Judge allows Minn. city to oust problem homeowner after 350 complaints over 20 years
MAPLEWOOD, Minn.—After 20 years as the focus of complaints, police calls and code violations, Gilbert Mancheski lost a legal battle and will have to sell his Maplewood home and leave the city forever.
The suburb north and east of St. Paul first took action to oust Mancheski in March, when it offered to buy the house.
"They pretty much said, 'Either you sell, or we harass you ... till you do,' " Mancheski said in June.
He grudgingly agreed to the $150,000 sale price — $9,000 more than the 2017 Ramsey County tax value listed for the house.
But shortly before closing, Mancheski discovered his mother had a mortgage on the property and he would gain only about $6,000 from the sale. He skipped the closing
"I'll take nothing before I take ($6,000). I'm willing to donate that house; I don't care," Mancheski said in August. "I'm just going to make (expletive) difficult for all of them."
The city sued Mancheski in August, and the decision came back in its favor Monday. Closing is scheduled for Nov. 27.
Mancheski's neighbors' complaints have ranged from barking dogs and loud noises to stolen property and multiple fires. The property has been the subject of nearly 350 police and fire calls in the past decade.
The house "is actually a blot on the city and what we allow," Maplewood City Council member Kathleen Juenemann said earlier this year.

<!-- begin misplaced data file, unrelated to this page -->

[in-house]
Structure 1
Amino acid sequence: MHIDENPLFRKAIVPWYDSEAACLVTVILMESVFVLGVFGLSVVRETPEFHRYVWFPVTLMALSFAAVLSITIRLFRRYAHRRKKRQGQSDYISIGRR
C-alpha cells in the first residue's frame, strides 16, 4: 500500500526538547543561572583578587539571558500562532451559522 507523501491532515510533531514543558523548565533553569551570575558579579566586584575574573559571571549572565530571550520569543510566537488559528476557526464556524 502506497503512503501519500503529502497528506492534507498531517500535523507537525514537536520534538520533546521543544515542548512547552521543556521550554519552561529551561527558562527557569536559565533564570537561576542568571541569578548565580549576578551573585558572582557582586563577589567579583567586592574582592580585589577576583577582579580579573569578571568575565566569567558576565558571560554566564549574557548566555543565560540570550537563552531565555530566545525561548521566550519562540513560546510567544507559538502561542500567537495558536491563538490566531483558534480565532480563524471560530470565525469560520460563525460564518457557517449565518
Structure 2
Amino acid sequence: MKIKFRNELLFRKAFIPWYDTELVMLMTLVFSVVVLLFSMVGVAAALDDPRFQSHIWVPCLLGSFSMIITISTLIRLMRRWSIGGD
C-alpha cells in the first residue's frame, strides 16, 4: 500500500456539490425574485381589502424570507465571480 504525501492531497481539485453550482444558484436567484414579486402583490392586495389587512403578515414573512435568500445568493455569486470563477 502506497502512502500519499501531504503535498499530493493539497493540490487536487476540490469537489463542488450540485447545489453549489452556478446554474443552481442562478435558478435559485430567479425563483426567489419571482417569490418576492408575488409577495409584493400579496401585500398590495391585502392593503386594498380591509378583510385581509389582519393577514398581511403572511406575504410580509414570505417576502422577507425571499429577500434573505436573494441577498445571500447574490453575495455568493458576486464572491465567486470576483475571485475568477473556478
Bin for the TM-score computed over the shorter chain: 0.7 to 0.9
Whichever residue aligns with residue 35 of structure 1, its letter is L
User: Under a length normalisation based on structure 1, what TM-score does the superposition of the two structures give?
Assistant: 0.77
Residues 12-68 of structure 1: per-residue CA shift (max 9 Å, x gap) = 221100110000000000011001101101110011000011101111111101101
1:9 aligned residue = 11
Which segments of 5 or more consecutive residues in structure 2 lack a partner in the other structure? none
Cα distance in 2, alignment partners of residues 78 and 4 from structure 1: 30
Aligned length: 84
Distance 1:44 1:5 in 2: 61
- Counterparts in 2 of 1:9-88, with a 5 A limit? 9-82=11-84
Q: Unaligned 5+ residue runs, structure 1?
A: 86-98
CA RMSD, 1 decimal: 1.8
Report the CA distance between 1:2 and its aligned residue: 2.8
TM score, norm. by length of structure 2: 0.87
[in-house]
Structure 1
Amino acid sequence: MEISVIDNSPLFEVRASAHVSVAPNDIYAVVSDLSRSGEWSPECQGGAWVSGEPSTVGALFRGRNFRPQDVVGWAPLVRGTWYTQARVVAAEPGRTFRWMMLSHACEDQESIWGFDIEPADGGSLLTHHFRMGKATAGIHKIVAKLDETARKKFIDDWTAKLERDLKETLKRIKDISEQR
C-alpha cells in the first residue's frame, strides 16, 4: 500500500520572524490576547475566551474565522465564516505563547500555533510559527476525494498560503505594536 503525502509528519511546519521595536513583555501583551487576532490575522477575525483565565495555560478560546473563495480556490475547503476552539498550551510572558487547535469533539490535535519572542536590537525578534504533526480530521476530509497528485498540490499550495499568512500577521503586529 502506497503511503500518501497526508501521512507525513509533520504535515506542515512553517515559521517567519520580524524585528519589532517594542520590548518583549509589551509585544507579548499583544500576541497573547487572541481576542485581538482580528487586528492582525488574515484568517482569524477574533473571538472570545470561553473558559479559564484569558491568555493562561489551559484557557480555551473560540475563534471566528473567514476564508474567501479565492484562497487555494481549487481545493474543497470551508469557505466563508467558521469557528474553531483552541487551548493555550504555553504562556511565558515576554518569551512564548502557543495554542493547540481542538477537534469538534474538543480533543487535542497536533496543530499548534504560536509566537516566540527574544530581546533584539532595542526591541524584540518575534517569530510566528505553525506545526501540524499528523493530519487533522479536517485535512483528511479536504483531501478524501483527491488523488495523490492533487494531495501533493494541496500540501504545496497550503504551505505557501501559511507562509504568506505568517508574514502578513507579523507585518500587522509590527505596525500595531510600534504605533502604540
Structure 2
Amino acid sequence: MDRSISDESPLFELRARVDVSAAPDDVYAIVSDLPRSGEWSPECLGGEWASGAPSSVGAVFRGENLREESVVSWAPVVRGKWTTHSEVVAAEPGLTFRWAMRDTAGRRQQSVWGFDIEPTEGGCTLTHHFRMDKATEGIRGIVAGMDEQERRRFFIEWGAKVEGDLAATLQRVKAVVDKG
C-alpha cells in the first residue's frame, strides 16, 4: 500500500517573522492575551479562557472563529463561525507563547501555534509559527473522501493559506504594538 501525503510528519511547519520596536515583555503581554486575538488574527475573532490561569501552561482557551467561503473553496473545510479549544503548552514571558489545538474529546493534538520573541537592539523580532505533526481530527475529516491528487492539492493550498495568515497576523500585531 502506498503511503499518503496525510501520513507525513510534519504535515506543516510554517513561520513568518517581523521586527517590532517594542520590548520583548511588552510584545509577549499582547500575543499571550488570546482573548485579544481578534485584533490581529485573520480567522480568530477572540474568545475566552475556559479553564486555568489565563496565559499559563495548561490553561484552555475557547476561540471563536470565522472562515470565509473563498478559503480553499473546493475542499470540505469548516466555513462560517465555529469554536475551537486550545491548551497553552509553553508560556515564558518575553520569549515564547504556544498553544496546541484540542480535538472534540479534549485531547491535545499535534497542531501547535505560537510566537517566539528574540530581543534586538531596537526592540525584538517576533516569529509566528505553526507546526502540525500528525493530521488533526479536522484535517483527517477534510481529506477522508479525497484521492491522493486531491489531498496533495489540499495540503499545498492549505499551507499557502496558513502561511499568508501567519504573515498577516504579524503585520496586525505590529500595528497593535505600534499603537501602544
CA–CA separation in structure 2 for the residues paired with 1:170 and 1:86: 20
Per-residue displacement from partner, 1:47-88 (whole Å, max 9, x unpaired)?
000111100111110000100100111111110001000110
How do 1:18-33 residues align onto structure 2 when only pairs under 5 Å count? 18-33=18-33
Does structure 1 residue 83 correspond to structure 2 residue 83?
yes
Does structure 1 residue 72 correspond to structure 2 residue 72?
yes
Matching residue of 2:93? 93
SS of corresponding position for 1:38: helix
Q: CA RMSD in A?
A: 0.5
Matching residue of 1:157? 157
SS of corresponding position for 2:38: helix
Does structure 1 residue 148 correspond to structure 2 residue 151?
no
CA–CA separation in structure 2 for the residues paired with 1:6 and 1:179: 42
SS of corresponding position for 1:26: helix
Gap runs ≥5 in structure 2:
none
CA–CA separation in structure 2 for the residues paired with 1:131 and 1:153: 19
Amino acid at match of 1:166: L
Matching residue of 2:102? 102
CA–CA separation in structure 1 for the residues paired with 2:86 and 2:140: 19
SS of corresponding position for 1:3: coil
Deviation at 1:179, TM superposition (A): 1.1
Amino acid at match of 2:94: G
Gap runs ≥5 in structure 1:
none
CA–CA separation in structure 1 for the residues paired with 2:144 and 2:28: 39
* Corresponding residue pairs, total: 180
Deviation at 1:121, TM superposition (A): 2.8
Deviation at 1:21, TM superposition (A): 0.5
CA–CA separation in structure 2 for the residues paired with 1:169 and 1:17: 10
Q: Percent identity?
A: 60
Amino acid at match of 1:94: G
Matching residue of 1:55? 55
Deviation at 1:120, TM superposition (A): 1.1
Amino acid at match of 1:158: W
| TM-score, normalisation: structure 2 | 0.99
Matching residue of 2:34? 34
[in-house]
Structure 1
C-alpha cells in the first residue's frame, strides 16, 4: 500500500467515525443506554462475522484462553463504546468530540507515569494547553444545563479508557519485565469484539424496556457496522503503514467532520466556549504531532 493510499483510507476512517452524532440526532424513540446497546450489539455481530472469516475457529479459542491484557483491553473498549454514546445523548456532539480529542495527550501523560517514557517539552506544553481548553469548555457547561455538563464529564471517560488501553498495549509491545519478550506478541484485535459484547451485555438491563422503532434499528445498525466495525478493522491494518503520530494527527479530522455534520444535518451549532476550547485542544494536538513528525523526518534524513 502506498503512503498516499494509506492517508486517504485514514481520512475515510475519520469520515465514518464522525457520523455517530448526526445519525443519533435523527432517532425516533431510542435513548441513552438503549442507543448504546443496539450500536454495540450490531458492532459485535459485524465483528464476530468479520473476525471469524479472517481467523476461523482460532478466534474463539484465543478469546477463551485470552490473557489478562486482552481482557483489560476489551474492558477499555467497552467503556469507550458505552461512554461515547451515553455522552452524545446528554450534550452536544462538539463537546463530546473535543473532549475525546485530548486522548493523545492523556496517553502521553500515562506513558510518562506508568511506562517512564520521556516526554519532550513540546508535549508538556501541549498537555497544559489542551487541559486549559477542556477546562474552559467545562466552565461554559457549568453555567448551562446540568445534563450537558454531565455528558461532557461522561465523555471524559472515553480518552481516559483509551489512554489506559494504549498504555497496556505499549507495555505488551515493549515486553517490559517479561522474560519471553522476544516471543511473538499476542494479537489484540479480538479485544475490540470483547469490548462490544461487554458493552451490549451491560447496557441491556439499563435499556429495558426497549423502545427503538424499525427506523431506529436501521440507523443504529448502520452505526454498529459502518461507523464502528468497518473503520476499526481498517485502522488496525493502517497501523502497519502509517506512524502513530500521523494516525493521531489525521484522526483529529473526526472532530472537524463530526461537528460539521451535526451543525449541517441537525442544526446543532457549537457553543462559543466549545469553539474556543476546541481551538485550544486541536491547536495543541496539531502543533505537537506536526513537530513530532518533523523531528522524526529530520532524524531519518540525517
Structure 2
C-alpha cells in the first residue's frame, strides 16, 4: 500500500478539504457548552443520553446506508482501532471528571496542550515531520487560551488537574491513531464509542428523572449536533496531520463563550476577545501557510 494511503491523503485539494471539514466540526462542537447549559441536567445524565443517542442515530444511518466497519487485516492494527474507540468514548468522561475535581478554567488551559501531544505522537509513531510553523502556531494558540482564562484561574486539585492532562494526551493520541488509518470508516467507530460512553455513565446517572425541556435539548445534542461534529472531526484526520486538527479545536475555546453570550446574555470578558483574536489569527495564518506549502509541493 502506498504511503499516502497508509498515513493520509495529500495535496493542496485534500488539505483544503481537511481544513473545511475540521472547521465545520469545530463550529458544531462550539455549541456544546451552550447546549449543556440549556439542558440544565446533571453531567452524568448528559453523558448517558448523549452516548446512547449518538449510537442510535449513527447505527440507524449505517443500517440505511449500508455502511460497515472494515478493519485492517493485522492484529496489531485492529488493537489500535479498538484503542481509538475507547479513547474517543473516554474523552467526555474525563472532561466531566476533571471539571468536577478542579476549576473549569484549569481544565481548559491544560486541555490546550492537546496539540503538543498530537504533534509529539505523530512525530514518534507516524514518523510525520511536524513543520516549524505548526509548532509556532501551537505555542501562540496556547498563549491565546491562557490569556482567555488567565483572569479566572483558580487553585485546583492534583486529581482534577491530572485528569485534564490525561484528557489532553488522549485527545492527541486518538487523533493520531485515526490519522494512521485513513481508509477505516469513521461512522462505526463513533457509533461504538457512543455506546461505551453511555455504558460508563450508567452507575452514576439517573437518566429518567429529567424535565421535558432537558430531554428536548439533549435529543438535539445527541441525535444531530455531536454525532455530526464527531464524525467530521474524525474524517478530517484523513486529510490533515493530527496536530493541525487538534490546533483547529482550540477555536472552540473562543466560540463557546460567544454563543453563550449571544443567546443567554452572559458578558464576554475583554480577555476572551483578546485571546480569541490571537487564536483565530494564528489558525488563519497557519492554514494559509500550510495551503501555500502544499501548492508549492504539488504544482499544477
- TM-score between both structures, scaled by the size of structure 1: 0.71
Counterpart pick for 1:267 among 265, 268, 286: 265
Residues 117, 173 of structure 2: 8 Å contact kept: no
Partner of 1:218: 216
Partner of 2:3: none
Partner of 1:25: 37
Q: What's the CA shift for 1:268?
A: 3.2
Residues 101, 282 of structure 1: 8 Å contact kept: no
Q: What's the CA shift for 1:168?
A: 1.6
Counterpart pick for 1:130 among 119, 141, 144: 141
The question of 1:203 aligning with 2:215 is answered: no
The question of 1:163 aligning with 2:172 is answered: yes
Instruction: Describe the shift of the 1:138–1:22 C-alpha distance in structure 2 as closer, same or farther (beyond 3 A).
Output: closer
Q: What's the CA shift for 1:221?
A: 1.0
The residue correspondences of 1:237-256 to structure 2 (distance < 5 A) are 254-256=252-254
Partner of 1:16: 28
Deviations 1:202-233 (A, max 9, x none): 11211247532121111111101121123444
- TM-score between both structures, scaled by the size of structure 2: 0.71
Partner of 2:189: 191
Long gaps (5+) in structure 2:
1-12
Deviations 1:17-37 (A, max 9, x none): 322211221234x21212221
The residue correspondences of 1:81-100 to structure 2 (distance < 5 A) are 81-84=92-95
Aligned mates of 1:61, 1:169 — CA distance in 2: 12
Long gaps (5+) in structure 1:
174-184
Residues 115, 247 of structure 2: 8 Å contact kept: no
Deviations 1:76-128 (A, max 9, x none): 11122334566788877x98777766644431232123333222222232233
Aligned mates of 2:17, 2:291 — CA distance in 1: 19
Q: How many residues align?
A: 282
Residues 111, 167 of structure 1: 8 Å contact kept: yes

Mancheski fought the lawsuit without a lawyer, contending that the city had been "harassing him for some time" and "seeking a way to get him to leave." He pointed to the police reports the city had included in the lawsuit as evidence.
The city said that was simply proof that it was justified in trying to buy his house.
Mancheski also argued that the sale would cause him unreasonable financial hardship.
"He is without meaningful assets other than the home, or an income, and being compelled to sell his home would work a substantial hardship upon him," he wrote of himself in his answer to the lawsuit.
The city said the financial hardships were self-imposed errors.
"Those mistakes include entering into a mortgage in 2008 which, despite express terms that require him to make monthly payments to the mortgagee, he apparently never intended to pay back and, more recently, his failure to recall the existence of that mortgage when entered into a purchase agreement with the City," the city said in its response.
Neither the city attorney nor Mancheski could immediately be reached for comment Thursday.